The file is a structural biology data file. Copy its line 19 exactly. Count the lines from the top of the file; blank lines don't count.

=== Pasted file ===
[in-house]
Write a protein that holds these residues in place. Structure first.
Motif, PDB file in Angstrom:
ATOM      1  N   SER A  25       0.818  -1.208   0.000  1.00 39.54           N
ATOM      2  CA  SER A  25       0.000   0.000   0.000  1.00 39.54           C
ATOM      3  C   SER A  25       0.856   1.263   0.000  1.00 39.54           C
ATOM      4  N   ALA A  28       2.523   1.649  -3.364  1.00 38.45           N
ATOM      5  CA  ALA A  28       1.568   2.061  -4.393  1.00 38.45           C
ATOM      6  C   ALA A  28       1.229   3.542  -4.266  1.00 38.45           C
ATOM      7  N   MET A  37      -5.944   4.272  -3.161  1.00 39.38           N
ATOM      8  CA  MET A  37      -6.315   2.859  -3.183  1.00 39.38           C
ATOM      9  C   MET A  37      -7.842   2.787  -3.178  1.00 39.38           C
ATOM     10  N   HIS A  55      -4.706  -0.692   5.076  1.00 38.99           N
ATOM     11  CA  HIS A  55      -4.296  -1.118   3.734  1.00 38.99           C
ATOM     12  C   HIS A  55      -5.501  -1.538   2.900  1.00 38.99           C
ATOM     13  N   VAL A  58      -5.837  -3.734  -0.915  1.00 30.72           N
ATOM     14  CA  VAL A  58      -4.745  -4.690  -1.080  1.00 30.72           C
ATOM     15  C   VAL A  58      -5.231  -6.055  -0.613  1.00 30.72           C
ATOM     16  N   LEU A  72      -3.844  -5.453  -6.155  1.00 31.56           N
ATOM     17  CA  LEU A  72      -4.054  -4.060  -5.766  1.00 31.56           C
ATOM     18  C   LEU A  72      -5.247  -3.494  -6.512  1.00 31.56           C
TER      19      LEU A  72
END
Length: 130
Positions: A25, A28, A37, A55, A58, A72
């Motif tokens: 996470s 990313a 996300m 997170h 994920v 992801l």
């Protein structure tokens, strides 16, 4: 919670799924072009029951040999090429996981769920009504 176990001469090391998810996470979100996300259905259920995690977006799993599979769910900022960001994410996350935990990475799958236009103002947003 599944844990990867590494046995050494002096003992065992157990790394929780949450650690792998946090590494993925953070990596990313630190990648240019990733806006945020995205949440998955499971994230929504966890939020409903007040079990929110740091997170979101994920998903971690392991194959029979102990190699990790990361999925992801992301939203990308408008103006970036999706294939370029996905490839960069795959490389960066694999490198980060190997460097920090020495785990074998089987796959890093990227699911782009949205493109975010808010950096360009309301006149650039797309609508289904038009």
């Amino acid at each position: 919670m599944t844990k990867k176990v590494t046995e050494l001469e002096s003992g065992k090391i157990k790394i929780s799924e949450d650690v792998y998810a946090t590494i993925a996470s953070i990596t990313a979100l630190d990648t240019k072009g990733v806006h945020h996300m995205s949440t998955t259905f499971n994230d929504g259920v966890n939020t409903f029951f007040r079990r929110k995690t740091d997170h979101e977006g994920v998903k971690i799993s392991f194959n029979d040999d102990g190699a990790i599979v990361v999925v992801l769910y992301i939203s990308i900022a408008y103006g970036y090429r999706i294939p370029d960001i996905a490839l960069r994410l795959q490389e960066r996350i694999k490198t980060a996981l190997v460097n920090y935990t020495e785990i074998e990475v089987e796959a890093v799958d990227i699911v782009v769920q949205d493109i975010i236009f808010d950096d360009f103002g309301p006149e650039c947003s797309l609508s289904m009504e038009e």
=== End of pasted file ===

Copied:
ATOM     16  N   LEU A  72      -3.844  -5.453  -6.155  1.00 31.56           N